Let's talk: Why must it bleed to lead?

With the nature of news turning to real time, socially served fodder for people’s curiosity, it seems the old adage of the newspaper editor “if it bleeds it leads” is becoming more powerful than ever.  But do you think we’ve taken it too far?  Could our incredible fascination with horrifying news stories be driving copycat crime and inspiring bad behaviour more than ever before?  And would changing the voice of media to a more positive frame change the way we think about our country, circumstances and opportunity?

Ariana Huffington has this week commented that news outlets need to get away from this mentality of “if it bleeds it leads” and ensure their coverage has the full context of the story, not just the horror and drama around sections that will make something click-bait or headline grabbing.

“We need to move away from the idea that the world is absolutely going to hell in hand basket,” Huffington told a room full of US media buyers at the AOL Newfronts at 4 World Trade Centre.

“We of course continue covering the crises, the problems, the disfunction but we (at Huffington Post) want to show our viewers that this is not all that is going on in the world.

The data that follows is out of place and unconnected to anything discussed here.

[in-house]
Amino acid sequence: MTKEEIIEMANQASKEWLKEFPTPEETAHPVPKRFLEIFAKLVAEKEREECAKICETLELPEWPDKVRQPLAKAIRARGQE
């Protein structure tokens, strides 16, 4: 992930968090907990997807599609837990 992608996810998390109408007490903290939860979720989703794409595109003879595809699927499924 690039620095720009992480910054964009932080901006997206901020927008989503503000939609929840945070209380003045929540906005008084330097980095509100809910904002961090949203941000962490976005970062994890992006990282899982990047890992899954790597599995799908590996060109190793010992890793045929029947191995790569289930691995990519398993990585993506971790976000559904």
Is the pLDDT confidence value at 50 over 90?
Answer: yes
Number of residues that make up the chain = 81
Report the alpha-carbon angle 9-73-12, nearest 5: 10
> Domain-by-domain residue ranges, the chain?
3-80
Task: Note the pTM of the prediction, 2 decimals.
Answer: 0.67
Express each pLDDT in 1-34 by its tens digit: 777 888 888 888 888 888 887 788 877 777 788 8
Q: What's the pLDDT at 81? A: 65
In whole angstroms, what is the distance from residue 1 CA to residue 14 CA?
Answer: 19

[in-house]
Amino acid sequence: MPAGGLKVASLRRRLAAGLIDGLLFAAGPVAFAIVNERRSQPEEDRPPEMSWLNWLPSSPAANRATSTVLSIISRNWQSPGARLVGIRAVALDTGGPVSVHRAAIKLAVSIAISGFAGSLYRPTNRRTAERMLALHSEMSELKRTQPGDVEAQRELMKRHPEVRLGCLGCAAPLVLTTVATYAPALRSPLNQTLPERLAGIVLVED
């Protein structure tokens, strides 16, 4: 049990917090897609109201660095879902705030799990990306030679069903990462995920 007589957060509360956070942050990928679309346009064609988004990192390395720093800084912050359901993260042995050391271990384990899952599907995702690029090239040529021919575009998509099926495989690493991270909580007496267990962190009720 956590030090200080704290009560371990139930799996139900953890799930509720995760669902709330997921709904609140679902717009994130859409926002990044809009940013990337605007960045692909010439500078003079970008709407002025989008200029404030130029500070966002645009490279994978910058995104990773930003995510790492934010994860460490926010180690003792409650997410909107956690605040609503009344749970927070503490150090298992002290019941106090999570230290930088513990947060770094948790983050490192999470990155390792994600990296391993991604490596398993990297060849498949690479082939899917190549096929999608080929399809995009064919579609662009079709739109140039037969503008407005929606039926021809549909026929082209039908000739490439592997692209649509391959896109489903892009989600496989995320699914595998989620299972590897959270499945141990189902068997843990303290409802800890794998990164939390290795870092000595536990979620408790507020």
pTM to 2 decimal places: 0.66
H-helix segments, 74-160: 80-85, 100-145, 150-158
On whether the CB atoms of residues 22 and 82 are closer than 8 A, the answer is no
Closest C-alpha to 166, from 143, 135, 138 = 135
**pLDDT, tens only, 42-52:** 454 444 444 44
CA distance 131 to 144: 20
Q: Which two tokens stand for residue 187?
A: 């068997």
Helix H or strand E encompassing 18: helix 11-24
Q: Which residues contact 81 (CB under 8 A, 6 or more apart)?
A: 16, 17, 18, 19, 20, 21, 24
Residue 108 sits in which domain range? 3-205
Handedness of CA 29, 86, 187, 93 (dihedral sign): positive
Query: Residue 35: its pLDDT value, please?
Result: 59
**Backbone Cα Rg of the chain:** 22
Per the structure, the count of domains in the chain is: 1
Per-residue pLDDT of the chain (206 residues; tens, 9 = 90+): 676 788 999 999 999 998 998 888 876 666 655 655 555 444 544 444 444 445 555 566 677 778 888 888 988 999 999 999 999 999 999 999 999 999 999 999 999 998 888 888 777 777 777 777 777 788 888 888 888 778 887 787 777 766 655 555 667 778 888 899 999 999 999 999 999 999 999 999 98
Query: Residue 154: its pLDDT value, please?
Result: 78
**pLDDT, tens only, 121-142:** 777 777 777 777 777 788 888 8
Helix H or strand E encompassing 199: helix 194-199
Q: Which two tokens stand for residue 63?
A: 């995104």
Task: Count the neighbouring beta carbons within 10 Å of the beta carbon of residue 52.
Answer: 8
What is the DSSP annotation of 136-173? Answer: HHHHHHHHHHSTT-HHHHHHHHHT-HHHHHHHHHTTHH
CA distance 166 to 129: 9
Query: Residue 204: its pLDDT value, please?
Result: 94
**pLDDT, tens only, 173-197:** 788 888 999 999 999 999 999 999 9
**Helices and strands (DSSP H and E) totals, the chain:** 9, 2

“To fulfil our mission as journalists we need to give a full and complete picture of what is happening. This means going beyond the tired idea of ‘if it bleeds, then it leads’ that dominates so much of our news and has led to some much copycat crime.”

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Ariana Huffington is launching a series of purportedly positive columns about “finding solutions to the world’s problems,” the idea of which seems inspiring and insightful for news media, instead of just trashing the status quo in papers.

But today we want you to have your say… What type of news do you want to consume?  Are you looking for the good in the news media or the dramatic stories?